Participatory behavioural change to reinforce infection prevention and control for Ebola virus disease in Sierra Leone
Grant awarded: £185,621
Lead organisation: International Rescue Committee
Partnering organisations: Charité - Universitätsmedizin Berlin, Durham University, University of Sierra Leone, Kenema District Health Team
Project length: Nov-14 to May-15
Study locations: Sierra Leone
Principal Investigator: Dr Lara Ho
This study uses a participatory mixed methods approach to evaluate the processes that health workers take in adhering to standard precautions, after being trained and supplied with materials, in order to ensure the strict adherence that is necessary to prevent Ebola infection.
The project aims to develop strategies to improve adherence to standard precautions through the assessment of knowledge, risk perception, self-efficacy, and barriers and enablers for standard precautions in primary health facilities. It will also enable better understanding of the perspectives of health facility staff and health committees on the use of personal protective equipment.
Progress and outcomes achieved:
The following milestones are complete: Contextual analysis, Development of strategies, Trialling of strategies. Data collection is now complete and the analysis phase has started, but is 4 weeks behind schedule due to additional IRC Ebola response activities.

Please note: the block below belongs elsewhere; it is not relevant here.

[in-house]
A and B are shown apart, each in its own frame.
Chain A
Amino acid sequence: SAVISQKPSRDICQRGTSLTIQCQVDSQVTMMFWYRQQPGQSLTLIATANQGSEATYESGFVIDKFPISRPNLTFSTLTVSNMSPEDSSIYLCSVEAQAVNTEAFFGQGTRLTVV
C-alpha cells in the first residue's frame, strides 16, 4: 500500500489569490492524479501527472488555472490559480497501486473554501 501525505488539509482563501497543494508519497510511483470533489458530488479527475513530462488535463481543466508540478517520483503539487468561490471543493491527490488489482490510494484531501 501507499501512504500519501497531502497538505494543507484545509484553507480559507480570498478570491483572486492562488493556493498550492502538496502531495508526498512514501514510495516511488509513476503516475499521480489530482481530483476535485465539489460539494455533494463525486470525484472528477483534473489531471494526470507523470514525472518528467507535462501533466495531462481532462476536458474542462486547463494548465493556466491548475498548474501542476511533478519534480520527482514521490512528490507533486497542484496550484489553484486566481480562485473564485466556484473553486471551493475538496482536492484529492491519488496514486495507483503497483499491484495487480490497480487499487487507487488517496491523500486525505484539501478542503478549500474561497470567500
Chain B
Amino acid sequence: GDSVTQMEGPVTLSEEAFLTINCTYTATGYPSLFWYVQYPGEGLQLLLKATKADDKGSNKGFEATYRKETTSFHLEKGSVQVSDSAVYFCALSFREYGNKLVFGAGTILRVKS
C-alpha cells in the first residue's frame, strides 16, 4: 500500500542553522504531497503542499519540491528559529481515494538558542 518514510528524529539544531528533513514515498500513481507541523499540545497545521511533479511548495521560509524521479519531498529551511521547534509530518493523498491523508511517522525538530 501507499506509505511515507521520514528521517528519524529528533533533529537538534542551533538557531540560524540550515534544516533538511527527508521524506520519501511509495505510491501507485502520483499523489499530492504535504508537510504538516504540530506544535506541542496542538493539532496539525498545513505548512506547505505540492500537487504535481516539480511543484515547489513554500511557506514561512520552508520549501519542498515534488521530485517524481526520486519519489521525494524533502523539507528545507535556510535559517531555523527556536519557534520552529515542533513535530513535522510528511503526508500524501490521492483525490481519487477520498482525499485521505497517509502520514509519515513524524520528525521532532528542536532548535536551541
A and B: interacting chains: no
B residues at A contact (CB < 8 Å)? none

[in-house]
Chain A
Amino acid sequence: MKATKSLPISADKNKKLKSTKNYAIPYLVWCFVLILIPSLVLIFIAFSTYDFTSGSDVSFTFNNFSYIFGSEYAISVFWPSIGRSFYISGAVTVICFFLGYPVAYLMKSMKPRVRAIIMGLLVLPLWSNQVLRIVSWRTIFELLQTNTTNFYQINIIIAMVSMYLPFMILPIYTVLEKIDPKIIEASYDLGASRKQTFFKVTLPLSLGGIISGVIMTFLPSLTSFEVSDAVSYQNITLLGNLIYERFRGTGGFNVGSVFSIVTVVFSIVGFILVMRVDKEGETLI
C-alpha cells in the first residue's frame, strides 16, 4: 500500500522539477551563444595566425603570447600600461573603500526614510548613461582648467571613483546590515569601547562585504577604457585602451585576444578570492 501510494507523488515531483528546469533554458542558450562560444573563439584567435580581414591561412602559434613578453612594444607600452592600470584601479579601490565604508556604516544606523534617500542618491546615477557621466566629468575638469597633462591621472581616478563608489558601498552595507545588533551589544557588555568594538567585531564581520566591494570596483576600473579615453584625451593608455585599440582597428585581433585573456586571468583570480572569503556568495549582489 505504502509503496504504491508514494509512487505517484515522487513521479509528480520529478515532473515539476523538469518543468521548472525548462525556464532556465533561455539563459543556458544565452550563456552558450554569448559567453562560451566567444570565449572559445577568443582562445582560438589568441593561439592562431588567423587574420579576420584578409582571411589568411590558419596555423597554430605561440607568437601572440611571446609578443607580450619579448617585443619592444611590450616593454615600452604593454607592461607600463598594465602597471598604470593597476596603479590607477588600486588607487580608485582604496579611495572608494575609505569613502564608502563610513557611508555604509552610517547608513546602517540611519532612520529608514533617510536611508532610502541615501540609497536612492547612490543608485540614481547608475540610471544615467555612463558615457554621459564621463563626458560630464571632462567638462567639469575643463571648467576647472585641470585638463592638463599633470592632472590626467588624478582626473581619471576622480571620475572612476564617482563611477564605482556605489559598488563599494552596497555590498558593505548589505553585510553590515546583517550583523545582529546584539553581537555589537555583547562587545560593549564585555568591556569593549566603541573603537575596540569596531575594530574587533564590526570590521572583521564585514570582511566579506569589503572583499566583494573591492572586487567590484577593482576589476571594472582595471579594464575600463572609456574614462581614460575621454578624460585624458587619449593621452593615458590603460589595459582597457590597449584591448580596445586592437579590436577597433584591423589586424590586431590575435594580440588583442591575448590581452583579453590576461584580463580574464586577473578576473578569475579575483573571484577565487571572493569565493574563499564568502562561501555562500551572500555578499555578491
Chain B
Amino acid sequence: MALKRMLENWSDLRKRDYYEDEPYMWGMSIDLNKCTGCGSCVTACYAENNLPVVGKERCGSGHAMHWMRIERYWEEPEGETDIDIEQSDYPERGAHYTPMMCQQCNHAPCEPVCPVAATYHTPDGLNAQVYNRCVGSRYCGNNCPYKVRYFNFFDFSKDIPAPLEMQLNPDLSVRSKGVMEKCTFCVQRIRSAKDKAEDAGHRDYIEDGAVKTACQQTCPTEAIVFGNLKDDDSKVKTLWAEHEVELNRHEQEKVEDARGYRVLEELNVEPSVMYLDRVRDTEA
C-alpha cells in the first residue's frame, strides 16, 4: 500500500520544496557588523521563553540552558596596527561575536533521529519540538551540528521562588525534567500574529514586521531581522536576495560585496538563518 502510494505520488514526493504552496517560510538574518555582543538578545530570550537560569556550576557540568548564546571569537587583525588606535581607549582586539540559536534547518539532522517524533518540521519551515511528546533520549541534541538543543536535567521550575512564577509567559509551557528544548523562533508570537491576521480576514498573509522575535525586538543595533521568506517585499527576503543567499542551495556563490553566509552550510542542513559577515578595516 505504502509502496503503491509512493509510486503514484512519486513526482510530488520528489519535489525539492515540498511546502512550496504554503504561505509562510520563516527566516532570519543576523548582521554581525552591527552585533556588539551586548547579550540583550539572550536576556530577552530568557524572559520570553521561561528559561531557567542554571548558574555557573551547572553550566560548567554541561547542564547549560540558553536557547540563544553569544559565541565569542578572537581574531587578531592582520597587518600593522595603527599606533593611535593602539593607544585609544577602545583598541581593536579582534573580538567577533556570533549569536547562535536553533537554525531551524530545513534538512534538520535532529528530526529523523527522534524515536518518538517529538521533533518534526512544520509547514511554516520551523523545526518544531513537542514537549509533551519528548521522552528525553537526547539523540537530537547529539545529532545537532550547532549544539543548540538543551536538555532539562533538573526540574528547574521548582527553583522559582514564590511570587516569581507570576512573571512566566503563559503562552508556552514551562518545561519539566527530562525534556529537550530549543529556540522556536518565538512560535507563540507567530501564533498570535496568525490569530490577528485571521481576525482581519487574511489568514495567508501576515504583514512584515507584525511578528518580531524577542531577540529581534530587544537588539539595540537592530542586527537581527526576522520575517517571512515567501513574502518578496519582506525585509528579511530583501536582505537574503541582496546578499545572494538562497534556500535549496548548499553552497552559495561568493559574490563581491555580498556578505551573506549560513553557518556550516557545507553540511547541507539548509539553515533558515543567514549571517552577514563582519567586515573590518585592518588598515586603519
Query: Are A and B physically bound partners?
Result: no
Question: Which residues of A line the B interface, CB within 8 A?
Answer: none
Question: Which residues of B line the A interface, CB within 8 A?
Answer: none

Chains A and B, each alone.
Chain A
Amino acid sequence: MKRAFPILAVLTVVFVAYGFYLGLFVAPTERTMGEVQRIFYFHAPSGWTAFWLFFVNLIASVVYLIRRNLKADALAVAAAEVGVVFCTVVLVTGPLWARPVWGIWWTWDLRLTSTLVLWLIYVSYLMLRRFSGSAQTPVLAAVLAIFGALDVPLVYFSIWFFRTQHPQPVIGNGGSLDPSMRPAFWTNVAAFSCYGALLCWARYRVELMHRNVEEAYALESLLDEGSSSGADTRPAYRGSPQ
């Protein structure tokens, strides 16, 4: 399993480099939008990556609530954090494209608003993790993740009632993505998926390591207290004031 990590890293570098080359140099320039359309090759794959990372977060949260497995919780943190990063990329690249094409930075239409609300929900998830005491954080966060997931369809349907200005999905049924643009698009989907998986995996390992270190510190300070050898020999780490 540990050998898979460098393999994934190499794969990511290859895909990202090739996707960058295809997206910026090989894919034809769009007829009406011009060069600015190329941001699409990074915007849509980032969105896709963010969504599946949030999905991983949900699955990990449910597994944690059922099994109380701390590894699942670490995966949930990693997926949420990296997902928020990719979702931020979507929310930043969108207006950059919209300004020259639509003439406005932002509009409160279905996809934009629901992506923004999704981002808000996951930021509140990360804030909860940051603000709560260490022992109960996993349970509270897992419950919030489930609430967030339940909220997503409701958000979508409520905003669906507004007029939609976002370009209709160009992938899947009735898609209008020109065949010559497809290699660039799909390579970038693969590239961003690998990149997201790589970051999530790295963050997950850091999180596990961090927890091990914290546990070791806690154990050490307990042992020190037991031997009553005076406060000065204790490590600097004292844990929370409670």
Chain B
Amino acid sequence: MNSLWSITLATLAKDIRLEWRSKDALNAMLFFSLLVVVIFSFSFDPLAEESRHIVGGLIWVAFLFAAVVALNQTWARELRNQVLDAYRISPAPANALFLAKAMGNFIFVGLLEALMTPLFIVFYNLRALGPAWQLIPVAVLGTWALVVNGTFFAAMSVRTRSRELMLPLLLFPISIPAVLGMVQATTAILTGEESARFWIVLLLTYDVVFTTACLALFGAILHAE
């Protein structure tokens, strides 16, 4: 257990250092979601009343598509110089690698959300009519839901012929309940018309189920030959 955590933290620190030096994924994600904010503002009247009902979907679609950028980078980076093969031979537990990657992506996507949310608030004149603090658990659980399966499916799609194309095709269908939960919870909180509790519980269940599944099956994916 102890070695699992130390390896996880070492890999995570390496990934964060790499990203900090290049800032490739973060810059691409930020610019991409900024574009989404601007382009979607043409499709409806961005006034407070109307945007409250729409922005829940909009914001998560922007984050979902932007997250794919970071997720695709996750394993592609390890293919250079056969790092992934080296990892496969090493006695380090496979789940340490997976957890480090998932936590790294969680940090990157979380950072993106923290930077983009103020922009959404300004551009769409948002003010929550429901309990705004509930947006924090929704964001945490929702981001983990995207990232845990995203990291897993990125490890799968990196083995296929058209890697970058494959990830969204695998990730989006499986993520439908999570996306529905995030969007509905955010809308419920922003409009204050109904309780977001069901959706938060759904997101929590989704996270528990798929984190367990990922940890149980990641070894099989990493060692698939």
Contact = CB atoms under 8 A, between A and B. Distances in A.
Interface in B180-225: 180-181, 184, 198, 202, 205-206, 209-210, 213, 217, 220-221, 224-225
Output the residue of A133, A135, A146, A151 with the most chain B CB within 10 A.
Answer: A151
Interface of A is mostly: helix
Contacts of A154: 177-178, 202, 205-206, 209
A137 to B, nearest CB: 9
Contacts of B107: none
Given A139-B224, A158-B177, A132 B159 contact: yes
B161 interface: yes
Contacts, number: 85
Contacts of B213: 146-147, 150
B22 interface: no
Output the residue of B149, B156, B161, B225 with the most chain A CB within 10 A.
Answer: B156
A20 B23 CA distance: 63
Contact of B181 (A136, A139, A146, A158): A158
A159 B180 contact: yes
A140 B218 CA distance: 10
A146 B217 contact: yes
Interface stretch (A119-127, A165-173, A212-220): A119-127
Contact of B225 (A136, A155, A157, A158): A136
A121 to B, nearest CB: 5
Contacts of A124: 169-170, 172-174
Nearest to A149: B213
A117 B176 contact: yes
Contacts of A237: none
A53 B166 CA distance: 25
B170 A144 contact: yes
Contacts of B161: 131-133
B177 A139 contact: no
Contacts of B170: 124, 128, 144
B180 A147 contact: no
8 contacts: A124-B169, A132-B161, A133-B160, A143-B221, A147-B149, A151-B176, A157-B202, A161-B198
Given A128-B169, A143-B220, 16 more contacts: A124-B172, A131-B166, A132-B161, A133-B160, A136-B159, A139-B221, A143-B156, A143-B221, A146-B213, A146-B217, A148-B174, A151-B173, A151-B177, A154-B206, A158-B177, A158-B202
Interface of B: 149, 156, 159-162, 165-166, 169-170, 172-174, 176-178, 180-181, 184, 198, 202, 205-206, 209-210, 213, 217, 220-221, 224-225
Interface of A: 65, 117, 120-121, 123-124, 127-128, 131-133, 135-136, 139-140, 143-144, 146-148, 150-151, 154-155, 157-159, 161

Local dissemination has been taking place since inception, in order to get information out while it was still current, with a recent presentation to National Ebola Response Committee (NERC) in February.
R2HC Funding for Ebola Projects. A Rapid Response
In August 2014, the Ebola Outbreak in West Africa was declared an International Health Emergency by WHO and within a couple of weeks ELRHA launched a rapid-response call for research to combat the crisis. The UK Department for International Development (DFID), the Wellcome Trust and ELRHA opened a special funding window through the Research for Health in Humanitarian Crises (R2HC) programme.
The aim of this emergency call was both to produce robust research findings that could contribute to the effectiveness of the response to the current outbreak and help to draw lessons for future outbreaks of Ebola and other communicable diseases. The projects funded will strengthen the evidence base for the Ebola response in topics ranging from diagnostics to anthropology, surveillance and disease control.